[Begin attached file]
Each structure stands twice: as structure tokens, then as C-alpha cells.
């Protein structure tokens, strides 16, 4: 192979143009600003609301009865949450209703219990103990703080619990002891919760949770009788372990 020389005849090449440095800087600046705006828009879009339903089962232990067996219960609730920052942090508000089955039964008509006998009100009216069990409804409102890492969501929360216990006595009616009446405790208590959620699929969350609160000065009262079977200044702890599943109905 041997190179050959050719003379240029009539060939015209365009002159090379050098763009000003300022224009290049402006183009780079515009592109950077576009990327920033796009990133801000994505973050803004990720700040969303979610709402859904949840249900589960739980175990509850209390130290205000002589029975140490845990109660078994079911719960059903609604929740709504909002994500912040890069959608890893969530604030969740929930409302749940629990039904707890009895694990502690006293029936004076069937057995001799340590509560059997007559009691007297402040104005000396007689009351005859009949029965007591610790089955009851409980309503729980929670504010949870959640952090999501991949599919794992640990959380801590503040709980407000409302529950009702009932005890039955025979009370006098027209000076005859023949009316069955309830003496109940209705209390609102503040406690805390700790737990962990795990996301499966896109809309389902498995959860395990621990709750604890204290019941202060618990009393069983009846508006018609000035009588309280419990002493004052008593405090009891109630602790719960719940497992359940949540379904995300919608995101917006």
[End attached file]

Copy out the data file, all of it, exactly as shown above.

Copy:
Each structure stands twice: as structure tokens, then as C-alpha cells.
């Protein structure tokens, strides 16, 4: 192979143009600003609301009865949450209703219990103990703080619990002891919760949770009788372990 020389005849090449440095800087600046705006828009879009339903089962232990067996219960609730920052942090508000089955039964008509006998009100009216069990409804409102890492969501929360216990006595009616009446405790208590959620699929969350609160000065009262079977200044702890599943109905 041997190179050959050719003379240029009539060939015209365009002159090379050098763009000003300022224009290049402006183009780079515009592109950077576009990327920033796009990133801000994505973050803004990720700040969303979610709402859904949840249900589960739980175990509850209390130290205000002589029975140490845990109660078994079911719960059903609604929740709504909002994500912040890069959608890893969530604030969740929930409302749940629990039904707890009895694990502690006293029936004076069937057995001799340590509560059997007559009691007297402040104005000396007689009351005859009949029965007591610790089955009851409980309503729980929670504010949870959640952090999501991949599919794992640990959380801590503040709980407000409302529950009702009932005890039955025979009370006098027209000076005859023949009316069955309830003496109940209705209390609102503040406690805390700790737990962990795990996301499966896109809309389902498995959860395990621990709750604890204290019941202060618990009393069983009846508006018609000035009588309280419990002493004052008593405090009891109630602790719960719940497992359940949540379904995300919608995101917006």